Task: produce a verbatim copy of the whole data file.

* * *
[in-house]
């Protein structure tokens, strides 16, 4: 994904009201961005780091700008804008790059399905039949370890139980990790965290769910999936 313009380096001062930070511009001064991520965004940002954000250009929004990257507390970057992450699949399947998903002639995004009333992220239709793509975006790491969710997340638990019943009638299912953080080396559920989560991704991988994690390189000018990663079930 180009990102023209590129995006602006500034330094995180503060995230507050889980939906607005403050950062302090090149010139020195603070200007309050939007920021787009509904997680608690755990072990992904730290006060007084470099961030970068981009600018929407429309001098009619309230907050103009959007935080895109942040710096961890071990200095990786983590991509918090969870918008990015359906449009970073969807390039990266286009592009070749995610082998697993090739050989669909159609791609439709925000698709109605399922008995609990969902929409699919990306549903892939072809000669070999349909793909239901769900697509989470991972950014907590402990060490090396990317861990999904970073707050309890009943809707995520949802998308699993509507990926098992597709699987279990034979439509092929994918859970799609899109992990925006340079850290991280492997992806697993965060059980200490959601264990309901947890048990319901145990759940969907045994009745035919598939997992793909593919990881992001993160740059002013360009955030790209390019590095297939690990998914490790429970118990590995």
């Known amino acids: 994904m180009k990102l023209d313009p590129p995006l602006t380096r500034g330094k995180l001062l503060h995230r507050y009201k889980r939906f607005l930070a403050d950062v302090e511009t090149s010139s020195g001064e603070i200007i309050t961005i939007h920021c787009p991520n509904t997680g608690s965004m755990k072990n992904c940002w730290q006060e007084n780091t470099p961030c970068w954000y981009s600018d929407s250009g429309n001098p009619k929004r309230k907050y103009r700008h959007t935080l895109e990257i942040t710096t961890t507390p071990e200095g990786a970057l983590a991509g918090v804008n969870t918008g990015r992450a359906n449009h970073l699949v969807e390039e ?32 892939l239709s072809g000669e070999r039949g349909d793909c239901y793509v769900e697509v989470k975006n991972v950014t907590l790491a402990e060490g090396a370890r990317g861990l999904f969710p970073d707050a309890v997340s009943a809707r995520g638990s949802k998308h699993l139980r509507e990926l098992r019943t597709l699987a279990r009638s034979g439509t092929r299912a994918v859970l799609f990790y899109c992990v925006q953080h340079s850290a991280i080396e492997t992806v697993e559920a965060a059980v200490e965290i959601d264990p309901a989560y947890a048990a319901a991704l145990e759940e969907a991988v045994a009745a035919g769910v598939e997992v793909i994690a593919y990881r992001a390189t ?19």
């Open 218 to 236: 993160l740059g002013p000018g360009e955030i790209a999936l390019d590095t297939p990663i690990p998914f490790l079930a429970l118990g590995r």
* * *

[in-house]
């Protein structure tokens, strides 16, 4: 994904009201961005780091700008804008790059399905039949370890139980990790965290769910999936 313009380096001062930070511009001064991520965004940002954000250009929004990257507390970057992450699949399947998903002639995004009333992220239709793509975006790491969710997340638990019943009638299912953080080396559920989560991704991988994690390189000018990663079930 180009990102023209590129995006602006500034330094995180503060995230507050889980939906607005403050950062302090090149010139020195603070200007309050939007920021787009509904997680608690755990072990992904730290006060007084470099961030970068981009600018929407429309001098009619309230907050103009959007935080895109942040710096961890071990200095990786983590991509918090969870918008990015359906449009970073969807390039990266286009592009070749995610082998697993090739050989669909159609791609439709925000698709109605399922008995609990969902929409699919990306549903892939072809000669070999349909793909239901769900697509989470991972950014907590402990060490090396990317861990999904970073707050309890009943809707995520949802998308699993509507990926098992597709699987279990034979439509092929994918859970799609899109992990925006340079850290991280492997992806697993965060059980200490959601264990309901947890048990319901145990759940969907045994009745035919598939997992793909593919990881992001993160740059002013360009955030790209390019590095297939690990998914490790429970118990590995």
């Known amino acids: 994904m180009k990102l023209d313009p590129p995006l602006t380096r500034g330094k995180l001062l503060h995230r507050y009201k889980r939906f607005l930070a403050d950062v302090e511009t090149s010139s020195g001064e603070i200007i309050t961005i939007h920021c787009p991520n509904t997680g608690s965004m755990k072990n992904c940002w730290q006060e007084n780091t470099p961030c970068w954000y981009s600018d929407s250009g429309n001098p009619k929004r309230k907050y103009r700008h959007t935080l895109e990257i942040t710096t961890t507390p071990e200095g990786a970057l983590a991509g918090v804008n969870t918008g990015r992450a359906n449009h970073l699949v969807e390039e ?32 892939l239709s072809g000669e070999r039949g349909d793909c239901y793509v769900e697509v989470k975006n991972v950014t907590l790491a402990e060490g090396a370890r990317g861990l999904f969710p970073d707050a309890v997340s009943a809707r995520g638990s949802k998308h699993l139980r509507e990926l098992r019943t597709l699987a279990r009638s034979g439509t092929r299912a994918v859970l799609f990790y899109c992990v925006q953080h340079s850290a991280i080396e492997t992806v697993e559920a965060a059980v200490e965290i959601d264990p309901a989560y947890a048990a319901a991704l145990e759940e969907a991988v045994a009745a035919g769910v598939e997992v793909i994690a593919y990881r992001a390189t ?19």
């Open 218 to 236: 993160l740059g002013p000018g360009e955030i790209a999936l390019d590095t297939p990663i690990p998914f490790l079930a429970l118990g590995r």